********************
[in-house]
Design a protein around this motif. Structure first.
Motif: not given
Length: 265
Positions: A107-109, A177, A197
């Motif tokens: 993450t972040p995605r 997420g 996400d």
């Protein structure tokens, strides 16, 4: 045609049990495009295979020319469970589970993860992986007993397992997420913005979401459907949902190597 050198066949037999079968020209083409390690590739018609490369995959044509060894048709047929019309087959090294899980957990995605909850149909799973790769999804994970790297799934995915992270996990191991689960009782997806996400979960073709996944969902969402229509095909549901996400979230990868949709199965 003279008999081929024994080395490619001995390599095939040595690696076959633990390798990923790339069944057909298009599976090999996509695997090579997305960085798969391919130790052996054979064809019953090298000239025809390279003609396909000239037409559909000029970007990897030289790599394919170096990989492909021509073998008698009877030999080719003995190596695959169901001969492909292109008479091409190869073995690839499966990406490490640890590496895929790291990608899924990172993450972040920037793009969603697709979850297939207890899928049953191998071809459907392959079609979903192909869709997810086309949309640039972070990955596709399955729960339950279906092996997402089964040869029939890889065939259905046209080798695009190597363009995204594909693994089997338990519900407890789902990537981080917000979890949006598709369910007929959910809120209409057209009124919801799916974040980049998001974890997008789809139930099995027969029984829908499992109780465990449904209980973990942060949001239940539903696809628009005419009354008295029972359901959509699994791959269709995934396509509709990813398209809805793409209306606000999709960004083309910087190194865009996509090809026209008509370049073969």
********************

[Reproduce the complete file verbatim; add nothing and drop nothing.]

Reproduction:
[in-house]
Design a protein around this motif. Structure first.
Motif: not given
Length: 265
Positions: A107-109, A177, A197
């Motif tokens: 993450t972040p995605r 997420g 996400d």
């Protein structure tokens, strides 16, 4: 045609049990495009295979020319469970589970993860992986007993397992997420913005979401459907949902190597 050198066949037999079968020209083409390690590739018609490369995959044509060894048709047929019309087959090294899980957990995605909850149909799973790769999804994970790297799934995915992270996990191991689960009782997806996400979960073709996944969902969402229509095909549901996400979230990868949709199965 003279008999081929024994080395490619001995390599095939040595690696076959633990390798990923790339069944057909298009599976090999996509695997090579997305960085798969391919130790052996054979064809019953090298000239025809390279003609396909000239037409559909000029970007990897030289790599394919170096990989492909021509073998008698009877030999080719003995190596695959169901001969492909292109008479091409190869073995690839499966990406490490640890590496895929790291990608899924990172993450972040920037793009969603697709979850297939207890899928049953191998071809459907392959079609979903192909869709997810086309949309640039972070990955596709399955729960339950279906092996997402089964040869029939890889065939259905046209080798695009190597363009995204594909693994089997338990519900407890789902990537981080917000979890949006598709369910007929959910809120209409057209009124919801799916974040980049998001974890997008789809139930099995027969029984829908499992109780465990449904209980973990942060949001239940539903696809628009005419009354008295029972359901959509699994791959269709995934396509509709990813398209809805793409209306606000999709960004083309910087190194865009996509090809026209008509370049073969």